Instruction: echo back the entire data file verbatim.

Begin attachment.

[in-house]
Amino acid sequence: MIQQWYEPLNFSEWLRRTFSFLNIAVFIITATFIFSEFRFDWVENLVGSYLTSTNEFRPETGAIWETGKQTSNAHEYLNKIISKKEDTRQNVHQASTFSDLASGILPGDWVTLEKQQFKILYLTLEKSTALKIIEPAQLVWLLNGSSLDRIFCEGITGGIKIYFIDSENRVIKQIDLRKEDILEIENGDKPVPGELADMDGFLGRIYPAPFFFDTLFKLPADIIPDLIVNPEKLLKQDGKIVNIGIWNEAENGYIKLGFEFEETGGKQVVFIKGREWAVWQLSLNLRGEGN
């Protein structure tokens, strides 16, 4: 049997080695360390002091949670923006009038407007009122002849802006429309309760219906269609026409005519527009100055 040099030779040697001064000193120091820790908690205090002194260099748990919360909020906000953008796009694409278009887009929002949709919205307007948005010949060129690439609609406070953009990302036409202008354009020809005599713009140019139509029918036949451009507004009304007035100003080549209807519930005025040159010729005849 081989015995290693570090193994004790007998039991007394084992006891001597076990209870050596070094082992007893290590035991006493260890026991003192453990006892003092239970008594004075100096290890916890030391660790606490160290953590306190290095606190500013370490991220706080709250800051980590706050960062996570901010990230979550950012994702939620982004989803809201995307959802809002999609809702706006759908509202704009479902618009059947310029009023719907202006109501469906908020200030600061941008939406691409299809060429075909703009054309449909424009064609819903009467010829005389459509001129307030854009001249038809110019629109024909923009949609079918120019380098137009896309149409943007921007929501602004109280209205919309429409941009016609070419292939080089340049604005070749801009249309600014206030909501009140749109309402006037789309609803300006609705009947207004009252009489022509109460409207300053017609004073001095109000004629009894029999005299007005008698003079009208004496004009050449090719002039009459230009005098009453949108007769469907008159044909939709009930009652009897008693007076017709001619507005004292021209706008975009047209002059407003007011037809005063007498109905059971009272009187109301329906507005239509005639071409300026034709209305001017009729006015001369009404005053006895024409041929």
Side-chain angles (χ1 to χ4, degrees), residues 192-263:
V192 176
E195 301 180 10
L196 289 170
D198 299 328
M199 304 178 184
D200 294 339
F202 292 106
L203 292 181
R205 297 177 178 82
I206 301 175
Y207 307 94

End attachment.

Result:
[in-house]
Amino acid sequence: MIQQWYEPLNFSEWLRRTFSFLNIAVFIITATFIFSEFRFDWVENLVGSYLTSTNEFRPETGAIWETGKQTSNAHEYLNKIISKKEDTRQNVHQASTFSDLASGILPGDWVTLEKQQFKILYLTLEKSTALKIIEPAQLVWLLNGSSLDRIFCEGITGGIKIYFIDSENRVIKQIDLRKEDILEIENGDKPVPGELADMDGFLGRIYPAPFFFDTLFKLPADIIPDLIVNPEKLLKQDGKIVNIGIWNEAENGYIKLGFEFEETGGKQVVFIKGREWAVWQLSLNLRGEGN
């Protein structure tokens, strides 16, 4: 049997080695360390002091949670923006009038407007009122002849802006429309309760219906269609026409005519527009100055 040099030779040697001064000193120091820790908690205090002194260099748990919360909020906000953008796009694409278009887009929002949709919205307007948005010949060129690439609609406070953009990302036409202008354009020809005599713009140019139509029918036949451009507004009304007035100003080549209807519930005025040159010729005849 081989015995290693570090193994004790007998039991007394084992006891001597076990209870050596070094082992007893290590035991006493260890026991003192453990006892003092239970008594004075100096290890916890030391660790606490160290953590306190290095606190500013370490991220706080709250800051980590706050960062996570901010990230979550950012994702939620982004989803809201995307959802809002999609809702706006759908509202704009479902618009059947310029009023719907202006109501469906908020200030600061941008939406691409299809060429075909703009054309449909424009064609819903009467010829005389459509001129307030854009001249038809110019629109024909923009949609079918120019380098137009896309149409943007921007929501602004109280209205919309429409941009016609070419292939080089340049604005070749801009249309600014206030909501009140749109309402006037789309609803300006609705009947207004009252009489022509109460409207300053017609004073001095109000004629009894029999005299007005008698003079009208004496004009050449090719002039009459230009005098009453949108007769469907008159044909939709009930009652009897008693007076017709001619507005004292021209706008975009047209002059407003007011037809005063007498109905059971009272009187109301329906507005239509005639071409300026034709209305001017009729006015001369009404005053006895024409041929």
Side-chain angles (χ1 to χ4, degrees), residues 192-263:
V192 176
E195 301 180 10
L196 289 170
D198 299 328
M199 304 178 184
D200 294 339
F202 292 106
L203 292 181
R205 297 177 178 82
I206 301 175
Y207 307 94